There’s a new camera being developed that can let people see around corners! The concept certainly seems sound enough, but by the looks of it there is still a long way to go in the development process. Nevertheless, it would open up a whole new world of potential should the technology ever get simple enough for everyday cameras.

Going back to more imagery stuff this week, and while the twitter photography hashtag is normally full of bots re-tweeting links, it does throw-up the occasional blog or website with some really exquisite photography. Here are a few from this week which caught my eye:

That’s it for this week, stay tuned to colourconfidence.com in the next few days as out website turns all festive! Is it really approaching Christmas time already!?

Adam Borriello
Social media and marketing

Friday round-up

We’re into November – or rather Movember (more on that later) – the night’s are drawing in, frost appeared on the car the other day and the trees are quickly changing colour. It’s a wonderful time of year full of vibrant colours and sounds – anyone off to a bonfire tonight? – and the perfect opportunity for perfecting your photography skills.

It may well present a great chance to enter our competition by capturing that picturesque, Autumnal landscape scene. We really do need to liven up our wall so please send in your pictures! You will be rewarded accordingly!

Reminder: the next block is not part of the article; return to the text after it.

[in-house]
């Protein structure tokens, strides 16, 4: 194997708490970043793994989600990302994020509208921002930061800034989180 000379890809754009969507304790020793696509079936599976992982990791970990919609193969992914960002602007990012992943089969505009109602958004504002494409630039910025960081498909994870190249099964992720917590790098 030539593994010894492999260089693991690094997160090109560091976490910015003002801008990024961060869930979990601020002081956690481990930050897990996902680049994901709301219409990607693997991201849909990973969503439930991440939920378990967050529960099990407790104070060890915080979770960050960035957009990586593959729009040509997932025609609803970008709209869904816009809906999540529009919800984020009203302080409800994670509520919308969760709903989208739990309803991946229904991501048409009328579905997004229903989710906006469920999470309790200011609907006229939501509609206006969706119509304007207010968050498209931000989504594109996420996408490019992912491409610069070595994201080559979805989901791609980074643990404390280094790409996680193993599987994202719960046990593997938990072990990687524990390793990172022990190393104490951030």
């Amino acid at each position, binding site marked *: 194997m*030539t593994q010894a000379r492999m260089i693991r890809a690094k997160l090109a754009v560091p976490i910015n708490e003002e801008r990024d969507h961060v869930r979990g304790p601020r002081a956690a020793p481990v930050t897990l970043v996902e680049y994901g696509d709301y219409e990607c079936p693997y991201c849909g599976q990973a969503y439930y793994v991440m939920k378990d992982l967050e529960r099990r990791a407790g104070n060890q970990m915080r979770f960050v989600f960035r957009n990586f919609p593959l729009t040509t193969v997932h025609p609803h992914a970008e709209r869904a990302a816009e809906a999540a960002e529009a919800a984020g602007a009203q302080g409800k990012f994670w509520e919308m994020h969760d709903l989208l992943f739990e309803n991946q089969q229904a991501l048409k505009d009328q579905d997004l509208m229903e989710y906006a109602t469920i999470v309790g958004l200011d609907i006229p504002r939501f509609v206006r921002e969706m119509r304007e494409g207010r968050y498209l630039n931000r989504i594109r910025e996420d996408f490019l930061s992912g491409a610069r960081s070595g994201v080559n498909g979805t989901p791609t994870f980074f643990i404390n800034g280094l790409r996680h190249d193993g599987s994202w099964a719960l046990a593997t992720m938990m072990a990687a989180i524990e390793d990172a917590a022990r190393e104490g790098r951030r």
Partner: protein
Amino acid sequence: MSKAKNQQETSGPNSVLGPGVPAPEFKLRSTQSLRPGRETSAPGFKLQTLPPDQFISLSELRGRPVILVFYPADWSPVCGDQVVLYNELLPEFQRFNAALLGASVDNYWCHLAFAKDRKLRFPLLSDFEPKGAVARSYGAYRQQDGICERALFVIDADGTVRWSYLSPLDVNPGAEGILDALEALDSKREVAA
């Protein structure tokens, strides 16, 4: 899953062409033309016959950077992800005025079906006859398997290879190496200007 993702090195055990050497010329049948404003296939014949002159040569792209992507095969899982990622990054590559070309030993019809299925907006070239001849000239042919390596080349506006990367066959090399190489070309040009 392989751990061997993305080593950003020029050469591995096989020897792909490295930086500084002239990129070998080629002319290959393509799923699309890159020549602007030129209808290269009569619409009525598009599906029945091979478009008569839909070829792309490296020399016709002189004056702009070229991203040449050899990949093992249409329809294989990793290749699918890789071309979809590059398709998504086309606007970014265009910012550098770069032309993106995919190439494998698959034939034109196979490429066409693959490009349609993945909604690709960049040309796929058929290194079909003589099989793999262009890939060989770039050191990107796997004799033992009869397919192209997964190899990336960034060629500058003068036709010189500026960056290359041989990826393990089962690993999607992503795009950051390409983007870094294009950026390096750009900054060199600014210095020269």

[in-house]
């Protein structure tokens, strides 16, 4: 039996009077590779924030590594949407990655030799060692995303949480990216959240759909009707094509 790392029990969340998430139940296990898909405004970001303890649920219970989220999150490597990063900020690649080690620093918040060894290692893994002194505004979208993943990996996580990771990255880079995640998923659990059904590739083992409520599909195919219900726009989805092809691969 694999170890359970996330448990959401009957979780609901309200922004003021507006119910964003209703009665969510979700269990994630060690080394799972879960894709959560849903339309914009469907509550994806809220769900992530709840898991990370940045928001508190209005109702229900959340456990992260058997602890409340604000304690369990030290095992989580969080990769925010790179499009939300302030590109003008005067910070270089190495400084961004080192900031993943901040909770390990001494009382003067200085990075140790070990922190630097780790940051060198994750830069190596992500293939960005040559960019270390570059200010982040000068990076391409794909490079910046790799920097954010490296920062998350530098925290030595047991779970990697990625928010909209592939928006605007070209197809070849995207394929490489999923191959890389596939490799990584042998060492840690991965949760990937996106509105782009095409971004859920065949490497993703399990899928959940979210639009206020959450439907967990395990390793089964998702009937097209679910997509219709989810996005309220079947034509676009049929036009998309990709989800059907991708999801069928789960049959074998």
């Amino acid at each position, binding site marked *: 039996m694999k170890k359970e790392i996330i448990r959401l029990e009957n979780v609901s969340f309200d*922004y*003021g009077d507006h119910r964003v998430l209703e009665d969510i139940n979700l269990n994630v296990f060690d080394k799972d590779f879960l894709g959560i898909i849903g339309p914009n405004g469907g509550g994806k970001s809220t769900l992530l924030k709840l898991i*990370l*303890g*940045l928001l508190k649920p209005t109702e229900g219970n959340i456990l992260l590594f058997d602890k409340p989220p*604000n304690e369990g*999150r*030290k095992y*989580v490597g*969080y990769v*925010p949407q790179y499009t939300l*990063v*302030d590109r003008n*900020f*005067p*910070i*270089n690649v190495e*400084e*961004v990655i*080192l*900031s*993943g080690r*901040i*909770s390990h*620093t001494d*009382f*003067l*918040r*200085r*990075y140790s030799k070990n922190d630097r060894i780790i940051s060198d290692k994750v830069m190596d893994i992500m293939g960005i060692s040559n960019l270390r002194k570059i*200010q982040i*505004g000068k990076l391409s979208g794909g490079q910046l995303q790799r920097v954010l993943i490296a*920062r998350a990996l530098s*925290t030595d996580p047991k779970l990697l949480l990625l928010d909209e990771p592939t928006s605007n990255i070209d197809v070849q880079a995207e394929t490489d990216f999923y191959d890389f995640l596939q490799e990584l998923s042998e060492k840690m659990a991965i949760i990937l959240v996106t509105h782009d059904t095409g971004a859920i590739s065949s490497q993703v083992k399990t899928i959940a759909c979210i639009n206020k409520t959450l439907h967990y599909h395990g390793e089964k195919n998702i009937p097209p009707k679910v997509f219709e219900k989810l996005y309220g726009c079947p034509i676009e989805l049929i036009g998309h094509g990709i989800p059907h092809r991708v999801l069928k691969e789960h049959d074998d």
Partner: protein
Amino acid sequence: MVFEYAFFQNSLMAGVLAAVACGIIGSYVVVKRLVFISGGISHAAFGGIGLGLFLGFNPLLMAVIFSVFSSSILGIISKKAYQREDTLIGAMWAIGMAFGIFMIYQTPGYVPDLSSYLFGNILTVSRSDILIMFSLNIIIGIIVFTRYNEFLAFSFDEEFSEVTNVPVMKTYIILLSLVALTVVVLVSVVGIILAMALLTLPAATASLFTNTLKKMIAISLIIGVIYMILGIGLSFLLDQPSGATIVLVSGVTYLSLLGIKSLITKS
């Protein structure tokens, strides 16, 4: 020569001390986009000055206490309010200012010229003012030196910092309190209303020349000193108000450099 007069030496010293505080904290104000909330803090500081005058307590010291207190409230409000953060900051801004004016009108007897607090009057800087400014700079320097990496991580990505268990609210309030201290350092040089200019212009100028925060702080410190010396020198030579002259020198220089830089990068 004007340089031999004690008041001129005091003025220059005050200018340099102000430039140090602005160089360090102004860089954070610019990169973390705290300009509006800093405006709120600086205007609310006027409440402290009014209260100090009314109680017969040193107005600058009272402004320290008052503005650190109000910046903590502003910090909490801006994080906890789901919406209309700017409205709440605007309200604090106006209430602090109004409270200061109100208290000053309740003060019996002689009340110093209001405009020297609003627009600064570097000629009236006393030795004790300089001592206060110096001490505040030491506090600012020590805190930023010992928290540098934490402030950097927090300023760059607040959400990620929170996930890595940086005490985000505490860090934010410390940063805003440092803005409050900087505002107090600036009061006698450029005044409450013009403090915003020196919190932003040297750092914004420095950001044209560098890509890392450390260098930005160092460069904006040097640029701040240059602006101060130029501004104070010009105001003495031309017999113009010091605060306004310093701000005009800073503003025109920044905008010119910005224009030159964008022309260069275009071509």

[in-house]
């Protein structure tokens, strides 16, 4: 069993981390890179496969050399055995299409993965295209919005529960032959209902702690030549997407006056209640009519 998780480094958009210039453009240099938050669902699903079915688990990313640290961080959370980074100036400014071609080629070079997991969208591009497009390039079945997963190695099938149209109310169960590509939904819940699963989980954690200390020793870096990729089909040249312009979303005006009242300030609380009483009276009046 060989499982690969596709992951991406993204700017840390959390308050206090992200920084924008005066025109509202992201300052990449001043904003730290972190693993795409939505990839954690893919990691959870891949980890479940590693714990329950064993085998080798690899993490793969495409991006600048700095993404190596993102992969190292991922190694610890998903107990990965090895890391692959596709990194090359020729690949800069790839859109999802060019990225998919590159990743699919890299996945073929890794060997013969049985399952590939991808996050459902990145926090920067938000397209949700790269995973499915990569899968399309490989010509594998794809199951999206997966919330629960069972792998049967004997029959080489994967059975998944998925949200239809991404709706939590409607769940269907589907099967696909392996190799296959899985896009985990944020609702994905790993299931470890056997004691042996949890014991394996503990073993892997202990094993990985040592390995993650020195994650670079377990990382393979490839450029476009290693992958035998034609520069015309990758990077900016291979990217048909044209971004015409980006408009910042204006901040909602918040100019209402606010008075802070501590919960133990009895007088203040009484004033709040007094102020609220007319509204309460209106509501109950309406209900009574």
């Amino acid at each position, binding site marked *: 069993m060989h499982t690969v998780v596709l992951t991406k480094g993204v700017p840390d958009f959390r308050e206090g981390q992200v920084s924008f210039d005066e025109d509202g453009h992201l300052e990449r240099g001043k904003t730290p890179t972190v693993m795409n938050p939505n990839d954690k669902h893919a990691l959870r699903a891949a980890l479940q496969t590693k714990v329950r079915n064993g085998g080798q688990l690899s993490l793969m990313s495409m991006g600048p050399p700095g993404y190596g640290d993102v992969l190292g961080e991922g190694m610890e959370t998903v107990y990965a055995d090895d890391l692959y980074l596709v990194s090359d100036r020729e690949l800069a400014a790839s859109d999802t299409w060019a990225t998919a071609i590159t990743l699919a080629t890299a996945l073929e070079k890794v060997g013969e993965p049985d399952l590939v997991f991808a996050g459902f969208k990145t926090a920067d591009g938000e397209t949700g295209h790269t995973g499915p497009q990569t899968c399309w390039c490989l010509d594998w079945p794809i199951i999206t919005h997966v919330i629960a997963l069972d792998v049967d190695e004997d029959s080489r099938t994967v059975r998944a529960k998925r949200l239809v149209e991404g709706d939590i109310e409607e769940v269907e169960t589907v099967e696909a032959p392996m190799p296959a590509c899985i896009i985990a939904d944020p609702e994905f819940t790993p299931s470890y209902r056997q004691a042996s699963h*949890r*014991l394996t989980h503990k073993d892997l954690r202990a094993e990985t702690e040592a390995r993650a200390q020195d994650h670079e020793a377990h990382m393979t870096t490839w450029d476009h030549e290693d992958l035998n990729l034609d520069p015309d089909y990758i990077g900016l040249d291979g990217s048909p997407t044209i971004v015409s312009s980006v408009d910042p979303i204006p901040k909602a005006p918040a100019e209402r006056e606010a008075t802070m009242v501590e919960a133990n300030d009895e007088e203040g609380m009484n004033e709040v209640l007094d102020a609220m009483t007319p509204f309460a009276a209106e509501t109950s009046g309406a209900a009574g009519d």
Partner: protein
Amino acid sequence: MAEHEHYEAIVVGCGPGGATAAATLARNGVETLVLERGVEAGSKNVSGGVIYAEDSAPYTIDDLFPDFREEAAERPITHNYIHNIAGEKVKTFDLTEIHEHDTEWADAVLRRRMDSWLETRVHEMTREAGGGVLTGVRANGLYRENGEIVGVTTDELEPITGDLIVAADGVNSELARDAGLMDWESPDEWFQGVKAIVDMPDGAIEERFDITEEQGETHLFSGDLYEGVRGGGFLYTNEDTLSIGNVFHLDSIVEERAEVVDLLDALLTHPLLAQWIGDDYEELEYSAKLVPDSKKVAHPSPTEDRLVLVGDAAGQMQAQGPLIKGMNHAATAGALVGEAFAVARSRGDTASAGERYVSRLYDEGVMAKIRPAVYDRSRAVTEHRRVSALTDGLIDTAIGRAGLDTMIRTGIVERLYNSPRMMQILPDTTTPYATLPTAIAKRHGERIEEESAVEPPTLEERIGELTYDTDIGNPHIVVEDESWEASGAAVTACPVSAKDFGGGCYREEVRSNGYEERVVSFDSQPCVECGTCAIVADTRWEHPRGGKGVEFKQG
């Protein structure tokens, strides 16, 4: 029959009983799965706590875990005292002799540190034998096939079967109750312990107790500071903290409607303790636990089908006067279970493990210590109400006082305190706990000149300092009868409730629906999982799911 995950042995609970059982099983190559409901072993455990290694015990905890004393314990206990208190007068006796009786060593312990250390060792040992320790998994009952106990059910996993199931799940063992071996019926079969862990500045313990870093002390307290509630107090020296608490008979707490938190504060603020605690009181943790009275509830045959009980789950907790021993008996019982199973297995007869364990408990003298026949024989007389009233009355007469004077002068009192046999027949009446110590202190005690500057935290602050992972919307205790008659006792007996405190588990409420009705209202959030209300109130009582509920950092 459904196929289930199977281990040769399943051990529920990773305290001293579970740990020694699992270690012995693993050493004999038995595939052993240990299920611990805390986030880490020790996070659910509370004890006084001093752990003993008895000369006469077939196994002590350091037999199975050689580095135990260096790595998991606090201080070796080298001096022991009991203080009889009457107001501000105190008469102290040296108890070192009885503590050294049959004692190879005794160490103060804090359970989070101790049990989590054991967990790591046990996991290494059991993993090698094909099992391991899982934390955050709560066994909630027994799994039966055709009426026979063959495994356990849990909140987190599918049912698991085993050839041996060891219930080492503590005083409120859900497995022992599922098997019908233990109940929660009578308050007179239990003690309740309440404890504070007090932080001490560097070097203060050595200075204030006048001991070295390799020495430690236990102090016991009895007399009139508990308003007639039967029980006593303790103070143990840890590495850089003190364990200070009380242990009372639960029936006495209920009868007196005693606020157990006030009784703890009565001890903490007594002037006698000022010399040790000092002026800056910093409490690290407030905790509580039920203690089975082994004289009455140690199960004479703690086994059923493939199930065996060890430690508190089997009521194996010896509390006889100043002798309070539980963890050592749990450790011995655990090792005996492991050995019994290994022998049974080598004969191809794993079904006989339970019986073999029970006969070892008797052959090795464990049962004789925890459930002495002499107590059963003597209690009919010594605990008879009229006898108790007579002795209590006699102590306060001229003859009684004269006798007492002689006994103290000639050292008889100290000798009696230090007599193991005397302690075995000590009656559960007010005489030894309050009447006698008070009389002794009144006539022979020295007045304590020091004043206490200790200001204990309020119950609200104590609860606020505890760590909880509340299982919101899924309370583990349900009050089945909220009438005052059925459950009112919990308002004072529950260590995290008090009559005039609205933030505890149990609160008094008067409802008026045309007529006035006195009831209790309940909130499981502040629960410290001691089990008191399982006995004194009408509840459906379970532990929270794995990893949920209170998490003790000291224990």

If you’re a photographer there’s a pretty decent chance you use Photoshop, Lightroom or Apeture. If you do, or are new to the software, WDL’s 13 cheat sheets are well worth a look – especially if you’re a beginner. As I’m quickly learning, there’s much more to photography than meets the eye – so anything that simplifies things can only be good!

An article published on the BJP website this week discussed street photography rights, and recent announcements from the Home Office about reviewing anti-terror policies and the potential effect on photographers. All sounds a bit complicated, but it’s well worth a read and definitely worth being aware of.

Another useful link; are you a young, aspiring creative photographer, graphic designer or web developer trying to find your way? Perhaps you’ve got all the gear, but aren’t sure what the next step is? Take a look at Ideas Tap, an arts charity established to help young, creative people at the start of their careers. It sounds a brilliant idea and a valuable resource to use.

I mentioned at the start of this post Movember. If you’re not sure what it is, have a look at this.

Yes, it means the gentlemen of Colour Confidence are growing – or trying to grow – vast amounts of facial hair to raise awareness for males cancers. All good.

It’s just a shame growing facial hair leads to ridiculous amounts or itchiness. And rest assured, I will be posting pictures of our efforts for you all to have a giggle at on here, and on our twitter. As of today, I can report that stubble length is still short stubble, I wouldn’t class it as ‘hair’ just yet… but there’s a long way to go!

I’m off for another scratching session.

Adam Borriello
Social media and marketing